By Gerald V. Paul
“The Caribbean is a fascinating and enriching field of study, an area of incredible diversity – ethno-racial, linguistic, political, economic and geographical. Caribbean Studies is truly interdisciplinary,” said Dr. Camille Hernandez- Ramdwar, the new program’s academic coordinator at Ryerson University- Chang School.
She said the number of Canadians who visit the Caribbean each year is growing. Many Canadians – even those of Caribbean origin – are not familiar with the Caribbean in all its diversity. The program, run jointly by Ryerson’s Department of Sociology in the Faculty of Arts and the Chang School, the Certificate in Caribbean Studies is meant to enhance an understanding of the region to develop and reinforce the strong social, academic and commercial links between the Caribbean and Canada.
Also, it further enhances intercultural relations and deepens student knowledge of Caribbean history and culture.
“The Chang School is the first postsecondary institution to offer a certificate in Caribbean Studies. This program allows the students to be exposed to a wide variety of disciplines in the humanities and social sciences, including history, sociology, and migrant and gender studies,” Hernandez-Ramdwar said.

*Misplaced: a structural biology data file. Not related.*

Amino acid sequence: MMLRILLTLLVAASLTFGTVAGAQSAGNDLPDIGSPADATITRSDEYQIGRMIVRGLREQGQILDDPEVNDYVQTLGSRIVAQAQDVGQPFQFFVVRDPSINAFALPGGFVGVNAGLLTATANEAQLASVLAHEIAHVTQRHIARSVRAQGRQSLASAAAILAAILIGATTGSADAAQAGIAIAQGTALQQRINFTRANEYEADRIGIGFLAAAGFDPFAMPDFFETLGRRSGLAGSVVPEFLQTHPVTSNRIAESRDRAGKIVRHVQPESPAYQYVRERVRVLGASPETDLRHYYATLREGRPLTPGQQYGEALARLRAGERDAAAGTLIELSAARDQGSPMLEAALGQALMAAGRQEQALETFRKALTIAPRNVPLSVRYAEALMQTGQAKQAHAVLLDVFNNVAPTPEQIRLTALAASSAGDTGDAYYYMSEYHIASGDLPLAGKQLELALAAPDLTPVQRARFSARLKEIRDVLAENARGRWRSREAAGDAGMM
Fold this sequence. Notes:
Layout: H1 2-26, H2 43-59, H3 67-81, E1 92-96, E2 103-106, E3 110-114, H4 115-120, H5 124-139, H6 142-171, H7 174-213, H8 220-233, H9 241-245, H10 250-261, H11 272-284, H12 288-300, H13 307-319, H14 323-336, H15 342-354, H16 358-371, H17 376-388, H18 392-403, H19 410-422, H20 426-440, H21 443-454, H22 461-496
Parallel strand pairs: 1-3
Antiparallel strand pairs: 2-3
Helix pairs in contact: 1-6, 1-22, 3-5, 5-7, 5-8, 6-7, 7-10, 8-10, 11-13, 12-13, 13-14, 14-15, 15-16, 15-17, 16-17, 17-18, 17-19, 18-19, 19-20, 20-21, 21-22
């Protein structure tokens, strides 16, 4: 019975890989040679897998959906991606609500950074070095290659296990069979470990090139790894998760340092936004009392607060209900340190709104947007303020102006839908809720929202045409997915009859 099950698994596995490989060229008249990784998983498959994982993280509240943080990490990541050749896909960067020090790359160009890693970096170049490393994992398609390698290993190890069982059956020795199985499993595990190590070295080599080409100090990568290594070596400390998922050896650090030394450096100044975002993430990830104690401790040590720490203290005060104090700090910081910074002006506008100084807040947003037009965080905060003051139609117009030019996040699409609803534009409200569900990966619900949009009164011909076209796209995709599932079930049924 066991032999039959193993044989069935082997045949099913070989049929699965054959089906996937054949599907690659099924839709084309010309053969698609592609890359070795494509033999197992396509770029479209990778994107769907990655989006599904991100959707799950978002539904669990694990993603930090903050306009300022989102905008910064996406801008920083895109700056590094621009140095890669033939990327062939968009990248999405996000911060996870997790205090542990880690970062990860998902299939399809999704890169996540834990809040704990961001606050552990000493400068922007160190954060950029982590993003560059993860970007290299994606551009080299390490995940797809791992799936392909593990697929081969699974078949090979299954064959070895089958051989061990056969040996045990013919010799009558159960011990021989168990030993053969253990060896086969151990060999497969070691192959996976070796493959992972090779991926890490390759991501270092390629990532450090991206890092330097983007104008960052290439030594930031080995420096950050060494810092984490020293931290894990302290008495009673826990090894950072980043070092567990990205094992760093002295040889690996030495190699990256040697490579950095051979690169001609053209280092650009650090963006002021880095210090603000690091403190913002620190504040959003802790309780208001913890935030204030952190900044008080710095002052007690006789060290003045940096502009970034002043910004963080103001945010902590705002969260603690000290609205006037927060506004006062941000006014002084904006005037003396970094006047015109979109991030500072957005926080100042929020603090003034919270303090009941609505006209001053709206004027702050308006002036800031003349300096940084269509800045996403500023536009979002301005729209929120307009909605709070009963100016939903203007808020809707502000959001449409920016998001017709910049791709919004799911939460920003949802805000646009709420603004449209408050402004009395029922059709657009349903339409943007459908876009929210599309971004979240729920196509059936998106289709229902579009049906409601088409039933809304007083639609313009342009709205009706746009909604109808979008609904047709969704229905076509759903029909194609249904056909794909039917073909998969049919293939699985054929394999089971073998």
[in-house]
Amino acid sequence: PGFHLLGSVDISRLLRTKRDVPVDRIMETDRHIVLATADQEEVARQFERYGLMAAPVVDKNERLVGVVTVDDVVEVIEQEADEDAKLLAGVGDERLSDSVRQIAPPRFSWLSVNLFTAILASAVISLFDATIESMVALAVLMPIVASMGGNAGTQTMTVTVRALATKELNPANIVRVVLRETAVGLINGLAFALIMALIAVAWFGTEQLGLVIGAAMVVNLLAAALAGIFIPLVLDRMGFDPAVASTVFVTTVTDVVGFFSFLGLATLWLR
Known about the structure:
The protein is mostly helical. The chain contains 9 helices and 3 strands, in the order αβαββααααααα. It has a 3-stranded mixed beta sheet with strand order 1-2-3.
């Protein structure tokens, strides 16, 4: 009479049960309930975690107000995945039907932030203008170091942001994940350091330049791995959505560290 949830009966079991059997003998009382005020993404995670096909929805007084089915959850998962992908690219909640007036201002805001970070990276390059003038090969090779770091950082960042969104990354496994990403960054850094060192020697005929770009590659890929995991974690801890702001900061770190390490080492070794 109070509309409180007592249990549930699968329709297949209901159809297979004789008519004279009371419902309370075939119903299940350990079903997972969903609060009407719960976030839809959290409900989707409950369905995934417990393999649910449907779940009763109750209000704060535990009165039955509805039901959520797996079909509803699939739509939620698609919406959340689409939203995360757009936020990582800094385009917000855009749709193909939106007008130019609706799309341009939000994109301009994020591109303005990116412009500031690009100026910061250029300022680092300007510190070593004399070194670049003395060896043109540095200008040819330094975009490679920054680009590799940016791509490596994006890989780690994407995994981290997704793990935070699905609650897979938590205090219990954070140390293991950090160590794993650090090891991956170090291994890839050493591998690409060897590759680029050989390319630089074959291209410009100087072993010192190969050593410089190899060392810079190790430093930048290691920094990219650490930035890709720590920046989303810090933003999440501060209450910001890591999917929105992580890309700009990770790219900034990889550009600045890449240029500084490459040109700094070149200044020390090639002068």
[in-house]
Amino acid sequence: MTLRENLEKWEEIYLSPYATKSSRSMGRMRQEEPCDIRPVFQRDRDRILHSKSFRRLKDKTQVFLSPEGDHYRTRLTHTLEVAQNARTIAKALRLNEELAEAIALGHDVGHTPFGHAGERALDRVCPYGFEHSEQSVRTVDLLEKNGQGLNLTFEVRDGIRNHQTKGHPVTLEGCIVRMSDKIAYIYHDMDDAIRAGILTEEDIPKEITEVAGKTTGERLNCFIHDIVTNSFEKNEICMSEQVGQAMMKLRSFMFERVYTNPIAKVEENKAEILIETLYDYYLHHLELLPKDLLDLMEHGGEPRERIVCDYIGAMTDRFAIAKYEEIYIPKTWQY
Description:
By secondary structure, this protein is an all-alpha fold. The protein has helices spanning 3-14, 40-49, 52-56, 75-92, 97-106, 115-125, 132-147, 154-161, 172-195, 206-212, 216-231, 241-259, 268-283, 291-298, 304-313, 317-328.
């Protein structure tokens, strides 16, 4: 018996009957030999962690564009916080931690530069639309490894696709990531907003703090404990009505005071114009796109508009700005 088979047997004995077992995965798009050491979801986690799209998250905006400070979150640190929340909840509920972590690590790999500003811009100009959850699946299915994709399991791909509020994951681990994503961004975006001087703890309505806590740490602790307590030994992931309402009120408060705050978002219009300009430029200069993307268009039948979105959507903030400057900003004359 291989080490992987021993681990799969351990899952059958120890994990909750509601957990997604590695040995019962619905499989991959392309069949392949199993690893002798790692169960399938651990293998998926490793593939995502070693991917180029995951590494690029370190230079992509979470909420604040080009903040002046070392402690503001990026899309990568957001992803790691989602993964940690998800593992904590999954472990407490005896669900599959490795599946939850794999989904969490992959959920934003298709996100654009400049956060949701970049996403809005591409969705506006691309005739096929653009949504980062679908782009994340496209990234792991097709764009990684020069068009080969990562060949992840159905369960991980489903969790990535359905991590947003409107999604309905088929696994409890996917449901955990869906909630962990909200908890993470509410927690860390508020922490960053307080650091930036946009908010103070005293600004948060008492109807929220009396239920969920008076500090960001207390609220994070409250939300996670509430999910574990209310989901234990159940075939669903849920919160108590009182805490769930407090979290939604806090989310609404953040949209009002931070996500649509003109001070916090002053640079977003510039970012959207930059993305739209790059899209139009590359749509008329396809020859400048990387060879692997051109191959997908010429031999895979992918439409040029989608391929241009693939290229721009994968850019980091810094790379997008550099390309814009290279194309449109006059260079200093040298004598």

The goals of the Certificate in Caribbean Studies include:
- Provide Caribbean and non-Caribbean students the opportunity to study a region rich in history and culture, resulting from the clash and blend of Indigenous, African, Asian, and European populations.
- Broaden understanding of a region that has often been marginalized politically and economically but is central to the study of colonialism, miscegenation, racism, slavery, capitalism, revolutions, neocolonialism, diasporas, transnationalism, and globalization.
- Familiarize students with the Caribbean communities in Toronto and the rest of Canada, with a view to facilitating cross-cultural understanding, inclusivity, and productive future relationships between Ryerson graduates and their clients, colleagues and neighbours.
- Give a solid foundation in interdisciplinary and academic skills, such as critical thinking, research, writing, comparative analysis and close reading.
- Debunk myths and stereotypes about the Caribbean and Caribbean peoples to promote understanding, raise cultural awareness and contribute to Ryerson’s commitment to equity and diversity.